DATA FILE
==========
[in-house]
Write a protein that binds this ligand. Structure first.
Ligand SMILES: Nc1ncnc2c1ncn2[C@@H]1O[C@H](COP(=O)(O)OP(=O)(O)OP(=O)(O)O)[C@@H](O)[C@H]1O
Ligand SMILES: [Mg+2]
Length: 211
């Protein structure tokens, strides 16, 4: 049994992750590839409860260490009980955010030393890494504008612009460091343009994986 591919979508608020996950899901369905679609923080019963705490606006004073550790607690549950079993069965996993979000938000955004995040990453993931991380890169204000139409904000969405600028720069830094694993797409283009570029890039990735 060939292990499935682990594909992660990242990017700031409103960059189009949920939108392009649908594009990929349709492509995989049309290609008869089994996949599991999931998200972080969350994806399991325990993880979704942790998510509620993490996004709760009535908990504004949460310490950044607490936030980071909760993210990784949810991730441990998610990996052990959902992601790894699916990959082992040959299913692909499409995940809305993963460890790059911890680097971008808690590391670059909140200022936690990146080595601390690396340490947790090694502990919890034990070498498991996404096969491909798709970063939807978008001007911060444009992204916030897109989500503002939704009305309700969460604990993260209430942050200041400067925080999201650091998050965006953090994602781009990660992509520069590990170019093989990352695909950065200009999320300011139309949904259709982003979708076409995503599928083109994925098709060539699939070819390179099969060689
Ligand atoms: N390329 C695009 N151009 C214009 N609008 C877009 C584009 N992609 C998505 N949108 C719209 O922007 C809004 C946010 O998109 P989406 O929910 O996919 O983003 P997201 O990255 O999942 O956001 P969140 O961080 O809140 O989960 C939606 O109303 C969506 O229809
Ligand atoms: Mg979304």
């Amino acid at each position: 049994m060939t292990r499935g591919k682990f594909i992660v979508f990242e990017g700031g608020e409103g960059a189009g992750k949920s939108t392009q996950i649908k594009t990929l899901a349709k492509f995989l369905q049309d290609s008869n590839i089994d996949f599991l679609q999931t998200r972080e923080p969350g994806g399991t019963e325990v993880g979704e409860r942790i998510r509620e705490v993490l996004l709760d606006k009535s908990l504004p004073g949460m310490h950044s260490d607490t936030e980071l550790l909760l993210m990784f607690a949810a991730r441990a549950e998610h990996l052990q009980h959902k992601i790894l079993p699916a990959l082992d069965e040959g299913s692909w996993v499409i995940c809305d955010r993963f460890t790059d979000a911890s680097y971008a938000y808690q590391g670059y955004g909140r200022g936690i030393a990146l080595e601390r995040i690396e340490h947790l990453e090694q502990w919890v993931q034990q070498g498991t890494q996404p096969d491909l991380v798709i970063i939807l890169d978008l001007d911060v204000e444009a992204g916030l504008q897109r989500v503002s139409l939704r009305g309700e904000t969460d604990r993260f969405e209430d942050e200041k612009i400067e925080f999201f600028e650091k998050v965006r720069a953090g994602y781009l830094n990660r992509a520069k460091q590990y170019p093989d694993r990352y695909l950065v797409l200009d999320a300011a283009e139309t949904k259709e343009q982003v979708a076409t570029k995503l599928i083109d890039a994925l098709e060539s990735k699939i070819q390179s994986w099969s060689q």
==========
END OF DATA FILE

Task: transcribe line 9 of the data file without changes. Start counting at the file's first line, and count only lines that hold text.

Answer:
């Amino acid at each position: 049994m060939t292990r499935g591919k682990f594909i992660v979508f990242e990017g700031g608020e409103g960059a189009g992750k949920s939108t392009q996950i649908k594009t990929l899901a349709k492509f995989l369905q049309d290609s008869n590839i089994d996949f599991l679609q999931t998200r972080e923080p969350g994806g399991t019963e325990v993880g979704e409860r942790i998510r509620e705490v993490l996004l709760d606006k009535s908990l504004p004073g949460m310490h950044s260490d607490t936030e980071l550790l909760l993210m990784f607690a949810a991730r441990a549950e998610h990996l052990q009980h959902k992601i790894l079993p699916a990959l082992d069965e040959g299913s692909w996993v499409i995940c809305d955010r993963f460890t790059d979000a911890s680097y971008a938000y808690q590391g670059y955004g909140r200022g936690i030393a990146l080595e601390r995040i690396e340490h947790l990453e090694q502990w919890v993931q034990q070498g498991t890494q996404p096969d491909l991380v798709i970063i939807l890169d978008l001007d911060v204000e444009a992204g916030l504008q897109r989500v503002s139409l939704r009305g309700e904000t969460d604990r993260f969405e209430d942050e200041k612009i400067e925080f999201f600028e650091k998050v965006r720069a953090g994602y781009l830094n990660r992509a520069k460091q590990y170019p093989d694993r990352y695909l950065v797409l200009d999320a300011a283009e139309t949904k259709e343009q982003v979708a076409t570029k995503l599928i083109d890039a994925l098709e060539s990735k699939i070819q390179s994986w099969s060689q």